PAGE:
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OPINION May 20, 2019

Guatemala Steps Up Fight against Malnutrition

Nearly one-quarter of all children under five in the world suffer from stunting as a consequence of chronic malnutrition. The suffering of these 150 million children is unnecessary because malnutrition can be prevented with better health and dietary practices and quality water and sanitation services. In other words, it is up to us to induce change. This is the reason the eradication of malnutrition was included in the Sustainable Development Goals and was supported by the international community.

In Guatemala, where poverty affects half of the population, this struggle is more important and urgent than in any other country in Latin America and the Caribbean, as it exhibits the highest rates in the region: almost one million children under the age of five suffer from chronic malnutrition or stunting. This jeopardizes not just their future, but that of society as well. The reason? Malnutrition has enormous consequences for the remainder of children’s lives, as well as for countries.

Children suffering from malnutrition are at increased risk of dying in their early years. Later on, they experience physical and cognitive constraints because, among other reasons, they can experience up to 40% less structural brain development once they reach their first 1,000 days of life, counted from conception, a key period for every child’s development. This, in turn, means that they often learn more slowly and earn less from their labor. Moreover, they are at greater risk of suffering from long-term chronic illnesses.

In other words, malnutrition compromises the most important aspect of a country’s future development: its human capital. Which is to say, its people. By virtue of their limited knowledge, skills and health, they are unable to develop their full potential as productive members of society. In Guatemala, the human capital index stands at 0.46, meaning that the productivity as a future worker of a child born today is 54% lower than it would be with full health and education.

This, in turn, triggers other consequences. Without productive human capital, countries cannot sustain economic growth, as they lack a labor force ready for high-skill jobs and are unable to compete in the global economy. Worse still, they cannot reduce extreme poverty.

The economic impact this entails is also significant. According to a World Bank report from 2018, countries lose up to 10% of their Gross Domestic Product because they failed to eradicate stunting when current workers were children.

Fortunately, Latin America has proved that fighting malnutrition is possible. The signature case in this sense is Peru, which in less than ten years managed to reduce by half its high stunting rates among children aged five or less: from 28% in 2008 to 13% in 2016.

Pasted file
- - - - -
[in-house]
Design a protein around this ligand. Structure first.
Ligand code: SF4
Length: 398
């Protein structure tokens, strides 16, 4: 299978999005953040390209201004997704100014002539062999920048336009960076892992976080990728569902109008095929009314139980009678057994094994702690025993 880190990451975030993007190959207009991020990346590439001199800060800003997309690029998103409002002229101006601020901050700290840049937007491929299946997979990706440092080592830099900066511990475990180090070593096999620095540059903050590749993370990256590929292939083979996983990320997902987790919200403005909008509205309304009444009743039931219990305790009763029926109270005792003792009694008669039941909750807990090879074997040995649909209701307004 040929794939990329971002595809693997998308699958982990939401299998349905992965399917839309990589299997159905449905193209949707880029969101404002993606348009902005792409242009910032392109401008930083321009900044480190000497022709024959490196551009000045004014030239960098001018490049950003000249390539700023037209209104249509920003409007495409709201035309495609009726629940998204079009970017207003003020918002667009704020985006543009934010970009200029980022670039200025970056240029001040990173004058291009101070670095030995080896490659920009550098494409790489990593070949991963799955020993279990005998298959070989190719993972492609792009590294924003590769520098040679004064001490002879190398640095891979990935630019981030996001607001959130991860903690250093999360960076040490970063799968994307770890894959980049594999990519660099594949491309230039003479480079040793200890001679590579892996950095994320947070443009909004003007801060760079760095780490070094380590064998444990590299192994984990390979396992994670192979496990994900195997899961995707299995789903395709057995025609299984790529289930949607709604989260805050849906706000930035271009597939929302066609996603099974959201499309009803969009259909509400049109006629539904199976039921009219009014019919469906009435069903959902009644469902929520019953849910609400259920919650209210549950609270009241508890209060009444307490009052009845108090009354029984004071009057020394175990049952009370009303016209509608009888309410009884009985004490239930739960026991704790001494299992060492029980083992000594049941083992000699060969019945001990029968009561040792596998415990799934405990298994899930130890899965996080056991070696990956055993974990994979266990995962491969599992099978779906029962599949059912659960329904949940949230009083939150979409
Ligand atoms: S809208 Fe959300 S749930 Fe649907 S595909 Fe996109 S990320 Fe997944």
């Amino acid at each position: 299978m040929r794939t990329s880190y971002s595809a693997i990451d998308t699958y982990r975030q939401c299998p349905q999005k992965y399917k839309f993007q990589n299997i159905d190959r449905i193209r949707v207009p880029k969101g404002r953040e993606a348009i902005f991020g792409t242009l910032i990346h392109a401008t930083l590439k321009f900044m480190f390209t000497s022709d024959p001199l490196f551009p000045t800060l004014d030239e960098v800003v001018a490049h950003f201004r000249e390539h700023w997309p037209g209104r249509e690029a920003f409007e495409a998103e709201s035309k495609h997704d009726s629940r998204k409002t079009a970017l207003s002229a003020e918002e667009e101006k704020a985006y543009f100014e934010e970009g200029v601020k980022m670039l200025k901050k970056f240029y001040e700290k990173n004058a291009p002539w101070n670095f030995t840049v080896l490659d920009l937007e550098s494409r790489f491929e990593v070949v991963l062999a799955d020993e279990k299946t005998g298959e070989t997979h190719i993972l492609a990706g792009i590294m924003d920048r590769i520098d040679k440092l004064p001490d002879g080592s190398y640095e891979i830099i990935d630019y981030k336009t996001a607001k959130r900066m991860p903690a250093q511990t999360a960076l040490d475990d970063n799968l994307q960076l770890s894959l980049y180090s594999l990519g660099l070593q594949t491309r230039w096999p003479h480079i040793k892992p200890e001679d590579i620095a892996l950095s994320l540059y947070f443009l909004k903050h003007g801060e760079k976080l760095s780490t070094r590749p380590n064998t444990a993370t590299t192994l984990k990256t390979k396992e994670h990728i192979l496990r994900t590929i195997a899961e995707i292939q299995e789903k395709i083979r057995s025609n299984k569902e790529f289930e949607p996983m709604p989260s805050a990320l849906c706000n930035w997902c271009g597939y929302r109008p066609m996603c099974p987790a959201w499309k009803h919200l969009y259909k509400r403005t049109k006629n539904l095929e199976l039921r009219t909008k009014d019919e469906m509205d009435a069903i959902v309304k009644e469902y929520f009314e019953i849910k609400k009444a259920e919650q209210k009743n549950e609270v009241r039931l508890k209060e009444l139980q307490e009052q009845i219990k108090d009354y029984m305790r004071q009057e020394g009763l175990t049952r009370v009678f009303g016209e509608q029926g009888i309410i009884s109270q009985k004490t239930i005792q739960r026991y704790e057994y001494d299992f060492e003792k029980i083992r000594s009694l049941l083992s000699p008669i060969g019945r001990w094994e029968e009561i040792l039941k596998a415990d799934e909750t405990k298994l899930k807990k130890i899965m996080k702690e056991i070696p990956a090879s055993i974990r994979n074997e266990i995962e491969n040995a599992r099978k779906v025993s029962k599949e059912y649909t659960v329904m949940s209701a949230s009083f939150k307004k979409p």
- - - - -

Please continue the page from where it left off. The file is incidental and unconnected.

To this end, the country recognized that the problem of stunting among children — one of the consequences of malnutrition — was not a hereditary problem, but rather had its origin in dietary habits and inadequate access to health, water and sanitation services. Furthermore, addressing the issue became an official state policy that required a long-term effort, resulting in four consecutive governments implementing the same policies. Equally, budget lines were reallocated to areas that contributed the most to reducing malnutrition, such as health, water, education and social protection.

This was accompanied by strong communication campaigns to raise awareness of the devastating effects of chronic child malnutrition, also known as the “silent killer.” Efforts also were undertaken to ensure that parents, local governments and medical professionals provided better nutrition and health services, and that they modified their attitudes and conduct to incorporate more appropriate dietary practices during the first 1,000 days of life.

Guatemala has already started down the path to a similar success story as Peru’s, with the launch of the National Strategy for the Prevention of Chronic Malnutrition in 2016. Recently, the government moved forward by signing the World Bank’s “Crecer Sano” (“Grow Up Healthy”) project. This milestone was made possible thanks to the commitment of various sectors of society, to address a challenge that is key to the country’s development.

Now it is important to continue working together to implement the project and thus obtain the desired results. This is an effort that we will continue to support with the goal of seeing Crecer Sano not as a utopia for Guatemala’s children, but rather as a synonym for a better future and better opportunities.

*Axel van Trotsenburg is the World Bank’s Vice President for Latin America and the Caribbean

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